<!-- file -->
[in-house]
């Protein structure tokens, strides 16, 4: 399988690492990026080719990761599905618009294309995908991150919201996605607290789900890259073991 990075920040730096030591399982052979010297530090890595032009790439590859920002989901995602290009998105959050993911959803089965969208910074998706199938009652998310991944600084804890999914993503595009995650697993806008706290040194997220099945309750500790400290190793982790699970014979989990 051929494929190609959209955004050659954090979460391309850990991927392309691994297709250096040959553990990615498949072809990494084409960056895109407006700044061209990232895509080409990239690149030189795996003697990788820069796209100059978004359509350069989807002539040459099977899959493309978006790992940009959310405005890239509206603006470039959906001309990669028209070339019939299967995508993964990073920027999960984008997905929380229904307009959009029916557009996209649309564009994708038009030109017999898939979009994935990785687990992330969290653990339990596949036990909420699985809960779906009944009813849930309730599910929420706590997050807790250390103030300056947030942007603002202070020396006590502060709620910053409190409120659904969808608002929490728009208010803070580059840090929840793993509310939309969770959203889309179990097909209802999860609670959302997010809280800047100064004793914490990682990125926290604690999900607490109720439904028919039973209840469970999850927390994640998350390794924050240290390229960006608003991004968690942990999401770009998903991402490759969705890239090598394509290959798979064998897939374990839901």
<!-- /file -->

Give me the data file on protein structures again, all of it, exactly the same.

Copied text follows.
[in-house]
């Protein structure tokens, strides 16, 4: 399988690492990026080719990761599905618009294309995908991150919201996605607290789900890259073991 990075920040730096030591399982052979010297530090890595032009790439590859920002989901995602290009998105959050993911959803089965969208910074998706199938009652998310991944600084804890999914993503595009995650697993806008706290040194997220099945309750500790400290190793982790699970014979989990 051929494929190609959209955004050659954090979460391309850990991927392309691994297709250096040959553990990615498949072809990494084409960056895109407006700044061209990232895509080409990239690149030189795996003697990788820069796209100059978004359509350069989807002539040459099977899959493309978006790992940009959310405005890239509206603006470039959906001309990669028209070339019939299967995508993964990073920027999960984008997905929380229904307009959009029916557009996209649309564009994708038009030109017999898939979009994935990785687990992330969290653990339990596949036990909420699985809960779906009944009813849930309730599910929420706590997050807790250390103030300056947030942007603002202070020396006590502060709620910053409190409120659904969808608002929490728009208010803070580059840090929840793993509310939309969770959203889309179990097909209802999860609670959302997010809280800047100064004793914490990682990125926290604690999900607490109720439904028919039973209840469970999850927390994640998350390794924050240290390229960006608003991004968690942990999401770009998903991402490759969705890239090598394509290959798979064998897939374990839901």